Cybertrust: An Economic Imperative
from the do-you-trust-me? dept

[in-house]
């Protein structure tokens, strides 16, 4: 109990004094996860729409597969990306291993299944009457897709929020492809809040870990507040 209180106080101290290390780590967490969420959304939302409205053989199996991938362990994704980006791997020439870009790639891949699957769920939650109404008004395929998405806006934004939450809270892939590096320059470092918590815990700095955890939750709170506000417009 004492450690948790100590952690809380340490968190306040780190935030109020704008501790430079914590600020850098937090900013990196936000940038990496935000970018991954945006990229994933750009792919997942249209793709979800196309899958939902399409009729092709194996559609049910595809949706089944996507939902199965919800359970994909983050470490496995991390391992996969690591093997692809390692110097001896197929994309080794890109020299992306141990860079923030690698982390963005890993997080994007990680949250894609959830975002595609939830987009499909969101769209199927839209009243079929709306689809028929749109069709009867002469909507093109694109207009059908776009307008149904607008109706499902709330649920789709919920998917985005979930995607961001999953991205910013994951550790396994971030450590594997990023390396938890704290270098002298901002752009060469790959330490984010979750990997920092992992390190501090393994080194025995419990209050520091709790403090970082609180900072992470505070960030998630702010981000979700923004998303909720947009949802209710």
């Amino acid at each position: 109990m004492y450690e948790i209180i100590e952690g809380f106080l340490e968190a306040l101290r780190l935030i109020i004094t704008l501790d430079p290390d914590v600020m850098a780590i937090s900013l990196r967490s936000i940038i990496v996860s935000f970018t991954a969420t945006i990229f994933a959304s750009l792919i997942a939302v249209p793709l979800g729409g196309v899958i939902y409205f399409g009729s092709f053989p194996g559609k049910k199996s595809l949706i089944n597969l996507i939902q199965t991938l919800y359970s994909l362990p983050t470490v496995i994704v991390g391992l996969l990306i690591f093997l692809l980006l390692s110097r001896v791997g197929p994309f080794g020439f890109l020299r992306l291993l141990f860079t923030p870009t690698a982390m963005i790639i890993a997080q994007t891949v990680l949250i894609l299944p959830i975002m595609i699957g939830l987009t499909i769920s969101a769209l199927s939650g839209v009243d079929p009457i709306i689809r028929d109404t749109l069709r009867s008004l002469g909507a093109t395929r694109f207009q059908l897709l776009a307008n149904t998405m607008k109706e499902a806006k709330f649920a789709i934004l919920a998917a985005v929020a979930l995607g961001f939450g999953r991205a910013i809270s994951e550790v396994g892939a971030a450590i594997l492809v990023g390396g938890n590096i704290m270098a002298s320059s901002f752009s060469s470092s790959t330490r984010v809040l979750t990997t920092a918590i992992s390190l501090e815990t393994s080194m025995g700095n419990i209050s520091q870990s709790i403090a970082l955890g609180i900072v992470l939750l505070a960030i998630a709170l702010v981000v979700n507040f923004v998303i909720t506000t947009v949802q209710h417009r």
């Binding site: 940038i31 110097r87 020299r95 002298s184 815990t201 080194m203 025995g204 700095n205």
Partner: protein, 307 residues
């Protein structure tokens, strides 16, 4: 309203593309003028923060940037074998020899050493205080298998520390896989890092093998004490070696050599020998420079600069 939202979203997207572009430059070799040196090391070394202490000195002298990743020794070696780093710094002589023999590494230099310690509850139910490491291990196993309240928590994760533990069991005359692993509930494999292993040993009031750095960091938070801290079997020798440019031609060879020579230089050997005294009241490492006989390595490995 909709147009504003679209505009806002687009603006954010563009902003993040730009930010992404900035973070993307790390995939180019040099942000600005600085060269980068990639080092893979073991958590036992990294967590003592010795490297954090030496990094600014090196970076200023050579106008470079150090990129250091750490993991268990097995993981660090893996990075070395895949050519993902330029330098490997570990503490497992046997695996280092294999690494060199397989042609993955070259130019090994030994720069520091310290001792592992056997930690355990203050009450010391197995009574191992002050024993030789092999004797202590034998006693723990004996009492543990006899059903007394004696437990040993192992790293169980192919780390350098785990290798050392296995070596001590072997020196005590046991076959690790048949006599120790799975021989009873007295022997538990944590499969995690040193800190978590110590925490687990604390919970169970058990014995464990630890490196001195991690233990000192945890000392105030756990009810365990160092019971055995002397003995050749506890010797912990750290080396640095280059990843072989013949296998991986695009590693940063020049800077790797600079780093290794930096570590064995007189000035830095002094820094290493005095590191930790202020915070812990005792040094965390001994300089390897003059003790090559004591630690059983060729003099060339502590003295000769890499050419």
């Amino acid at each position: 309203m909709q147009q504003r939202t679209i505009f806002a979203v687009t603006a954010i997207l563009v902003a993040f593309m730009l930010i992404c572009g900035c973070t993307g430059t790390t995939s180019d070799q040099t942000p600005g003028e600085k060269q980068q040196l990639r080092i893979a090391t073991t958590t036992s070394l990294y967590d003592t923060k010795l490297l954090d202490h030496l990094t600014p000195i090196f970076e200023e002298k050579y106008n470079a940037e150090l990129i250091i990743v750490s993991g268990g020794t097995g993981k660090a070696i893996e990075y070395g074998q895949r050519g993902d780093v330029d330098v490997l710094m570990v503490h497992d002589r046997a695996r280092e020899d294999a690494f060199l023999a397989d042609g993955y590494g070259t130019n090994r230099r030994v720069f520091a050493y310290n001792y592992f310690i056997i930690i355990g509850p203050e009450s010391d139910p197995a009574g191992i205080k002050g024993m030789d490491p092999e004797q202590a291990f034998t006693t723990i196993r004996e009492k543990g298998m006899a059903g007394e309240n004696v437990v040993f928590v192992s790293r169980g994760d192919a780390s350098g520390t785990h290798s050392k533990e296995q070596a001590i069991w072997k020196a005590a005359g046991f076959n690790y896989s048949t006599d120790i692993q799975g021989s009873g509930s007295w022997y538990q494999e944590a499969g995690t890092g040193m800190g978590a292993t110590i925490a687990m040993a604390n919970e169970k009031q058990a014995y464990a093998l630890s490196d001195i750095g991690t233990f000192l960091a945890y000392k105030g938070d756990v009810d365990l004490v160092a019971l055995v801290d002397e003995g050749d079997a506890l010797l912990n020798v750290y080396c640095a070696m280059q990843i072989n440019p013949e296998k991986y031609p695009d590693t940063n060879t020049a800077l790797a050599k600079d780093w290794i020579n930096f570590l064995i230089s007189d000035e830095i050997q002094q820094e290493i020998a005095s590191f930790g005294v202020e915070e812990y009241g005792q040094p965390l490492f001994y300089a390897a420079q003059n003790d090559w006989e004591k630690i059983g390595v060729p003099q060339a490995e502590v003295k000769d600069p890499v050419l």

One area I’ve been interested in quite some time is the various ways that people and companies build “trust metrics” on the internet. How do you determine who you can trust online and how do you prove that you, yourself, are trustworthy? I’ve always thought it was an interesting question, with many different potential solutions for different situations – though, I would say, most have serious drawbacks. Here’s a worthwhile article that suggests that not only is it an “interesting” problem, it’s something that needs to be solved to advance the economic possibilities of the internet. The writer points out that transactions done between parties that trust each other have much less friction, and can thus be done at a much lower cost to both parties. In a situation where the trust levels are high, the efficiencies are great – and the benefits to the trading parties are made even greater. The article suggests that the next generation of e-commerce needs to take this into account in how they design their systems. Of course, where the article falls apart completely is that it doesn’t give us any real suggestions for what this “cybertrust” system should look like. Are we talking about an eBay feedback system on steroids? Something like Advagato’s trust metrics? Or something completely different? While I like the ideas behind the Advagato system, it seems like the trust system, itself, carries too much weight, to the point where many people are confused at first – something that holds back usage. A system like eBay’s is easier to understand, but is much more prone to gaming.